This man is from San Francisco, originally. But is that what you wanted to know?

This man was from San Francisco, originally, despite being ethnic.

So if a person were to ask Pop, “Where are you from originally?”, he would say, “San Francisco, California.” And then if this person kept questioning him, like, “No, but originally, where are you from?”, Pop might smack him upside the head. And he’d deserve it, because that’s a stupid way to get at someone’s ethnicity.

Unbelievably, people still try to tiptoe around the question of race and ethnicity by asking this stupid question. I, myself, have been asked many times where I’m from “originally,” and even when I know what the question-asker is driving at, I won’t volunteer my ethnicity, because it’s annoying. Just ask what my ethnic background is if you really want to know.

To be fair, the “where are you from” conversation has happened to me more in Latin America than it has in the United States. Whenever I’m in Argentina, or Brazil, or anywhere else south of Tallahassee, people are always asking me where I’m from originally. If I say the United States, they ask where my parents are from. If I answer that both my parents are from the United States, they ask where my grandparents are from. Finally, when I say that my grandfather was Mexican-American, they go, “Aaaah, I knew you had some Latin blood in you.” A trip to Latin America never feels complete until my “sangre Latina” is brought up at least once by a cab driver.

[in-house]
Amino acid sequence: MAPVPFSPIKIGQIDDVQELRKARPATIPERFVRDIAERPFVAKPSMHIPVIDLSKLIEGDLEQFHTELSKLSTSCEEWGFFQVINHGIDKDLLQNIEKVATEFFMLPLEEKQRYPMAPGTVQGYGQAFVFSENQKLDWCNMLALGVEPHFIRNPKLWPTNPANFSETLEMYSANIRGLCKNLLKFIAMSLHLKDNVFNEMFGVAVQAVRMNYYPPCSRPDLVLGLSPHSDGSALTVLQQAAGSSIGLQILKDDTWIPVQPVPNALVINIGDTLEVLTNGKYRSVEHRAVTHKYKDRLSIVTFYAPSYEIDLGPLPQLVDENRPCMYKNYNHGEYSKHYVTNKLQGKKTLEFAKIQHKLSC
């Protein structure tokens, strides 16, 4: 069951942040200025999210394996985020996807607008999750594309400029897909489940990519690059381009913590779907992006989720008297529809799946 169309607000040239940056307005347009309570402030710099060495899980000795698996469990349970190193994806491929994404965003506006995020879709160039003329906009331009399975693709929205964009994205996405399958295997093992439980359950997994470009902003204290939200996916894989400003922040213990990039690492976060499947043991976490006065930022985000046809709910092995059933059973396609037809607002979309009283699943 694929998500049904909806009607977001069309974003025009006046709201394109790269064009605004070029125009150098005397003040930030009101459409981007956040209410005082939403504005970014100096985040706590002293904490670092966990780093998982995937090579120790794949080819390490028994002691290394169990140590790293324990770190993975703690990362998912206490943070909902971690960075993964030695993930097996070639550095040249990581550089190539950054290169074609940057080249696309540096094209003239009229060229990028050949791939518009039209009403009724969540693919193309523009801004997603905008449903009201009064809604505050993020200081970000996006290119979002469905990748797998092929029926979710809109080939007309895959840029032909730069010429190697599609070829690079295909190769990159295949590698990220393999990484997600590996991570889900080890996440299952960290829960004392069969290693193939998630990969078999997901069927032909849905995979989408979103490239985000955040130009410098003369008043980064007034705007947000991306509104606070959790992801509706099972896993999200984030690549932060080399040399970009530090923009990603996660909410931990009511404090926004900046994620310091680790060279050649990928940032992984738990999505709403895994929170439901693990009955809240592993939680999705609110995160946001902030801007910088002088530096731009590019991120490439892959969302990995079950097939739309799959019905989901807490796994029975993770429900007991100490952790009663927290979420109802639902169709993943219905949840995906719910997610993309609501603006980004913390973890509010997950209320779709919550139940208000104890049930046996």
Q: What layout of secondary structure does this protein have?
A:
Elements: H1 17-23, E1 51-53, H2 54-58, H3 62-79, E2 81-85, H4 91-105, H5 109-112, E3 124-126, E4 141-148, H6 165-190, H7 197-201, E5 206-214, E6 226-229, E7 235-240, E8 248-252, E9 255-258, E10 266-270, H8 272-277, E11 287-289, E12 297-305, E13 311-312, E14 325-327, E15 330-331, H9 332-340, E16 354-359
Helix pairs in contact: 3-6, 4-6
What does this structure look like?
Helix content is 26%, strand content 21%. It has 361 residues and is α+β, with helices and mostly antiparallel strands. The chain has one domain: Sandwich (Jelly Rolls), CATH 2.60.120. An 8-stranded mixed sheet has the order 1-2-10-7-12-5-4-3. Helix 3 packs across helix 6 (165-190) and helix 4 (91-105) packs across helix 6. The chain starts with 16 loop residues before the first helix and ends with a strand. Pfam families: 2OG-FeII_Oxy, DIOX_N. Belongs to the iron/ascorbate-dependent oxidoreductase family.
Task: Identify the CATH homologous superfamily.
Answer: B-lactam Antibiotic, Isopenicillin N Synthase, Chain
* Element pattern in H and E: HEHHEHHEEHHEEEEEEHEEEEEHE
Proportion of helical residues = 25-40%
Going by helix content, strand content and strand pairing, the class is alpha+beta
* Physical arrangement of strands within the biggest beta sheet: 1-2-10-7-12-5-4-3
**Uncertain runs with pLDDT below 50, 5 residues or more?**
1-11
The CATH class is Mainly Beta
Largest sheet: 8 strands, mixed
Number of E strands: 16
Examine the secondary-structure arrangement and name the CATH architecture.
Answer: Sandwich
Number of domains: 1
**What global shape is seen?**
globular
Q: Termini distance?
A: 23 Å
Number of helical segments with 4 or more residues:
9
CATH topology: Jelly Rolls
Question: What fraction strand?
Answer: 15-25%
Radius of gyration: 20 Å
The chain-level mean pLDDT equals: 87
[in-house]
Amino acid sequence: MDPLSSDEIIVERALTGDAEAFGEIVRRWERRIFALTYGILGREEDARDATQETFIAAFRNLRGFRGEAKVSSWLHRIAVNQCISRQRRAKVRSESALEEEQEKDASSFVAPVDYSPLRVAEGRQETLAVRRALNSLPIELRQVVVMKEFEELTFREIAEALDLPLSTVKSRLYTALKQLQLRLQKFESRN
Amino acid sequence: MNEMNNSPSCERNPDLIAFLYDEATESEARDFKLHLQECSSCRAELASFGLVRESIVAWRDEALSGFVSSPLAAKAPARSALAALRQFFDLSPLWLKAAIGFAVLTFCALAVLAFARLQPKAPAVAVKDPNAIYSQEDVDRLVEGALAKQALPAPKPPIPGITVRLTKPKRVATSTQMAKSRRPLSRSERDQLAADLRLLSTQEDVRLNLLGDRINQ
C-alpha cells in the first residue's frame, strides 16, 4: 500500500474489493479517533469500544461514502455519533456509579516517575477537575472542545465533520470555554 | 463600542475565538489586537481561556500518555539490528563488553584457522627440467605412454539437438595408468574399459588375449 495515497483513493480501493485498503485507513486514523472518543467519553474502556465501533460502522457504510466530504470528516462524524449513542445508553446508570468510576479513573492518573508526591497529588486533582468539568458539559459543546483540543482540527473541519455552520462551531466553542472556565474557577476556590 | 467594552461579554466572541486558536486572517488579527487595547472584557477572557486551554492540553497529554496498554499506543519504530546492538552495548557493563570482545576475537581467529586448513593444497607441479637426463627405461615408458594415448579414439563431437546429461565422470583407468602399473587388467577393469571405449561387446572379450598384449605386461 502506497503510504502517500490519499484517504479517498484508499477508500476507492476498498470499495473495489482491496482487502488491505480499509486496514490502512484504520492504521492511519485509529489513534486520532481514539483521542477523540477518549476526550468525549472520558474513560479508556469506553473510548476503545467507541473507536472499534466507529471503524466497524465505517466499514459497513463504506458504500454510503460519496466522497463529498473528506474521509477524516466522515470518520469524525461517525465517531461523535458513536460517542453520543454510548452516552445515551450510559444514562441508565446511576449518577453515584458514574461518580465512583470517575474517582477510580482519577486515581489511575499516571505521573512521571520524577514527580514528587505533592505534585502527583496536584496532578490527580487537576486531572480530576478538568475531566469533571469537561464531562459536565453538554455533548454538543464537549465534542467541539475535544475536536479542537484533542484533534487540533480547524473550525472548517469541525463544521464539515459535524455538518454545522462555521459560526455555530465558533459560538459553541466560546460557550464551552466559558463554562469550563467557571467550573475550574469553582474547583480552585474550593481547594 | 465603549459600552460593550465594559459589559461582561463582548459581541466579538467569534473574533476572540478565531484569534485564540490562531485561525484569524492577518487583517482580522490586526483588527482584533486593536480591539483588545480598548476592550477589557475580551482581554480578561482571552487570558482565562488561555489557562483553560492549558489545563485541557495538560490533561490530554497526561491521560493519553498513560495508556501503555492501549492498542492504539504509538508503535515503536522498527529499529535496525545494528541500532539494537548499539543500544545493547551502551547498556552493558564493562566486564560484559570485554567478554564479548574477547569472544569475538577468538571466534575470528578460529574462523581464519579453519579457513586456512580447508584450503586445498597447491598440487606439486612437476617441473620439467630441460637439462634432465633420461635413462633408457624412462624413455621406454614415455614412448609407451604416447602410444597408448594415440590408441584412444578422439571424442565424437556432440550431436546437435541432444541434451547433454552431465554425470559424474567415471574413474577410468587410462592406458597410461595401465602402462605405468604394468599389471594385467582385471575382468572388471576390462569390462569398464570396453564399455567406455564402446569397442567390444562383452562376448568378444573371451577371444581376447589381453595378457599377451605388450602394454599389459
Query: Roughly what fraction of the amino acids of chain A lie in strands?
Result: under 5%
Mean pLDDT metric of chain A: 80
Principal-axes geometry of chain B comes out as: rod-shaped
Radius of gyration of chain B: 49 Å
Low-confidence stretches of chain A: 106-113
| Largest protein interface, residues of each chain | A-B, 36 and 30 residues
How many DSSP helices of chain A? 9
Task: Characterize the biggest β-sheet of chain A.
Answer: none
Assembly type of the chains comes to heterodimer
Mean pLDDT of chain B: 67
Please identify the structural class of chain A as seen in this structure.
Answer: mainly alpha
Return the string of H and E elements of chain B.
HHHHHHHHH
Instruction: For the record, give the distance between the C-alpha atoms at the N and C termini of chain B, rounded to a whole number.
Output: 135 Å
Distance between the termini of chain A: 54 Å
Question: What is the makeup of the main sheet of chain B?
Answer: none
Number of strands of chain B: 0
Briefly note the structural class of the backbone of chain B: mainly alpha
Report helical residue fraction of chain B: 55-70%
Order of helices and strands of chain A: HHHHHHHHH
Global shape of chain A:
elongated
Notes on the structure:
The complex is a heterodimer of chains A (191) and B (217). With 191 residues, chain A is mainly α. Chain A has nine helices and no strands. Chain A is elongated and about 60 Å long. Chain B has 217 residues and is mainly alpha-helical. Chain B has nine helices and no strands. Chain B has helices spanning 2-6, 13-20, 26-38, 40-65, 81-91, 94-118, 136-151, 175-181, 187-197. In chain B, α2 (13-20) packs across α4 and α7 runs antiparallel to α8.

Now, normally, I am not offended by someone asking me about my ethnic background, because most of the time, people are just curious. Most people, especially Americans, myself included, find ethnicity and racial background interesting. It’s fun to find out where people’s grandparents were from, and how people of different backgrounds found each other to produce the DNA cocktails we’re walking around with. Like, how many other Mexican-Irish-Italian-Americans do you know, besides me? Don’t you kind of want to know how that mess happened? (Answer: long story, but mostly, strict Catholicism brings people together in surprising ways). I find these types of conversations fun and innocent, for the most part. Once in a while, though, you do get the creepster who is interested in fetishizing a certain race or ethnicity (“I like Spanish girls”), and that is no good. No good, at all. [Note: I am only speaking for myself, here, by the way, when I say “once in a while.” I’m sure that ladies (and gents) of other, more immediately recognizable ethnic groups may get the creepsters on a much more regular basis (looking at you, Asian ladies).]